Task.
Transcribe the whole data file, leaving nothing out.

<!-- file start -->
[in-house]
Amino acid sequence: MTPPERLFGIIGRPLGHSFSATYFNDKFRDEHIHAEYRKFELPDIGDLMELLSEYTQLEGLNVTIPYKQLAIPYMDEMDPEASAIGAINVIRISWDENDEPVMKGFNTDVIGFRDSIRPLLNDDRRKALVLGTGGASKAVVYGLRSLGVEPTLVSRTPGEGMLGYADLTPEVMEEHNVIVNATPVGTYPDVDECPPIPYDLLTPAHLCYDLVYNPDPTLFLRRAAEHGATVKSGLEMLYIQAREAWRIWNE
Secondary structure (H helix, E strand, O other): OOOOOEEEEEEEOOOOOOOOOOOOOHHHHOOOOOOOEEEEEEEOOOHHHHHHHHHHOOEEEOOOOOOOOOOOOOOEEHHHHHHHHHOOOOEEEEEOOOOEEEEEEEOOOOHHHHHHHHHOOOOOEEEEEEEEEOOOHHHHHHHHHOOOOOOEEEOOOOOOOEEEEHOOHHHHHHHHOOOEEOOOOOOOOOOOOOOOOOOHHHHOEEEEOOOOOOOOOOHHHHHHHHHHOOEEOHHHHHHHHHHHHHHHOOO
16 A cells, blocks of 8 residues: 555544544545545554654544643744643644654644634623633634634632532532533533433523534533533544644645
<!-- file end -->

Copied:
[in-house]
Amino acid sequence: MTPPERLFGIIGRPLGHSFSATYFNDKFRDEHIHAEYRKFELPDIGDLMELLSEYTQLEGLNVTIPYKQLAIPYMDEMDPEASAIGAINVIRISWDENDEPVMKGFNTDVIGFRDSIRPLLNDDRRKALVLGTGGASKAVVYGLRSLGVEPTLVSRTPGEGMLGYADLTPEVMEEHNVIVNATPVGTYPDVDECPPIPYDLLTPAHLCYDLVYNPDPTLFLRRAAEHGATVKSGLEMLYIQAREAWRIWNE
Secondary structure (H helix, E strand, O other): OOOOOEEEEEEEOOOOOOOOOOOOOHHHHOOOOOOOEEEEEEEOOOHHHHHHHHHHOOEEEOOOOOOOOOOOOOOEEHHHHHHHHHOOOOEEEEEOOOOEEEEEEEOOOOHHHHHHHHHOOOOOEEEEEEEEEOOOHHHHHHHHHOOOOOOEEEOOOOOOOEEEEHOOHHHHHHHHOOOEEOOOOOOOOOOOOOOOOOOHHHHOEEEEOOOOOOOOOOHHHHHHHHHHOOEEOHHHHHHHHHHHHHHHOOO
16 A cells, blocks of 8 residues: 555544544545545554654544643744643644654644634623633634634632532532533533433523534533533544644645